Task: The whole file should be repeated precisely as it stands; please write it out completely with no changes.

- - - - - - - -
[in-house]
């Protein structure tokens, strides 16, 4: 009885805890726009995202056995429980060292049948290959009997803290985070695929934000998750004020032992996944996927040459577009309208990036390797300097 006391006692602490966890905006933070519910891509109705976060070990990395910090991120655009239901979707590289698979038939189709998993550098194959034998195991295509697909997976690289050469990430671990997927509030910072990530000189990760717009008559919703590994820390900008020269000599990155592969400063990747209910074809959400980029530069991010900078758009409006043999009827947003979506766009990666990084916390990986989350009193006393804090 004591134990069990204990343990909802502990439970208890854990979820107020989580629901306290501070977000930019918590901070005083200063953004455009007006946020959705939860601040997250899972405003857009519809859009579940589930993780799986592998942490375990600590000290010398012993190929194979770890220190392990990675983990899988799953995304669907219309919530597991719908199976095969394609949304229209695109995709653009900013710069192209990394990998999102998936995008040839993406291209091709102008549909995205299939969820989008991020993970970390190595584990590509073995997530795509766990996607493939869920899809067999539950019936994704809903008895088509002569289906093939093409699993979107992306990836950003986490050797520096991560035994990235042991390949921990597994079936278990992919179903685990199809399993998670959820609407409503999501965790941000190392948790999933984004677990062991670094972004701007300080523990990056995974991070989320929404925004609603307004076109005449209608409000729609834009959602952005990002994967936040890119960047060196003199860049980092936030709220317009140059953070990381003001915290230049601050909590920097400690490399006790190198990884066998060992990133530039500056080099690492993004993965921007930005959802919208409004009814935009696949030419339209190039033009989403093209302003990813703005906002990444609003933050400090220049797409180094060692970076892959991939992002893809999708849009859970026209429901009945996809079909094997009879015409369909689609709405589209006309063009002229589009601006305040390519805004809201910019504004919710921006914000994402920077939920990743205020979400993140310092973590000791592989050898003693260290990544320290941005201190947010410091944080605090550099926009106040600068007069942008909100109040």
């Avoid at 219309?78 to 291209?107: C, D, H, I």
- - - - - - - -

[in-house]
């Protein structure tokens, strides 16, 4: 009885805890726009995202056995429980060292049948290959009997803290985070695929934000998750004020032992996944996927040459577009309208990036390797300097 006391006692602490966890905006933070519910891509109705976060070990990395910090991120655009239901979707590289698979038939189709998993550098194959034998195991295509697909997976690289050469990430671990997927509030910072990530000189990760717009008559919703590994820390900008020269000599990155592969400063990747209910074809959400980029530069991010900078758009409006043999009827947003979506766009990666990084916390990986989350009193006393804090 004591134990069990204990343990909802502990439970208890854990979820107020989580629901306290501070977000930019918590901070005083200063953004455009007006946020959705939860601040997250899972405003857009519809859009579940589930993780799986592998942490375990600590000290010398012993190929194979770890220190392990990675983990899988799953995304669907219309919530597991719908199976095969394609949304229209695109995709653009900013710069192209990394990998999102998936995008040839993406291209091709102008549909995205299939969820989008991020993970970390190595584990590509073995997530795509766990996607493939869920899809067999539950019936994704809903008895088509002569289906093939093409699993979107992306990836950003986490050797520096991560035994990235042991390949921990597994079936278990992919179903685990199809399993998670959820609407409503999501965790941000190392948790999933984004677990062991670094972004701007300080523990990056995974991070989320929404925004609603307004076109005449209608409000729609834009959602952005990002994967936040890119960047060196003199860049980092936030709220317009140059953070990381003001915290230049601050909590920097400690490399006790190198990884066998060992990133530039500056080099690492993004993965921007930005959802919208409004009814935009696949030419339209190039033009989403093209302003990813703005906002990444609003933050400090220049797409180094060692970076892959991939992002893809999708849009859970026209429901009945996809079909094997009879015409369909689609709405589209006309063009002229589009601006305040390519805004809201910019504004919710921006914000994402920077939920990743205020979400993140310092973590000791592989050898003693260290990544320290941005201190947010410091944080605090550099926009106040600068007069942008909100109040």
């Avoid at 219309?78 to 291209?107: C, D, H, I």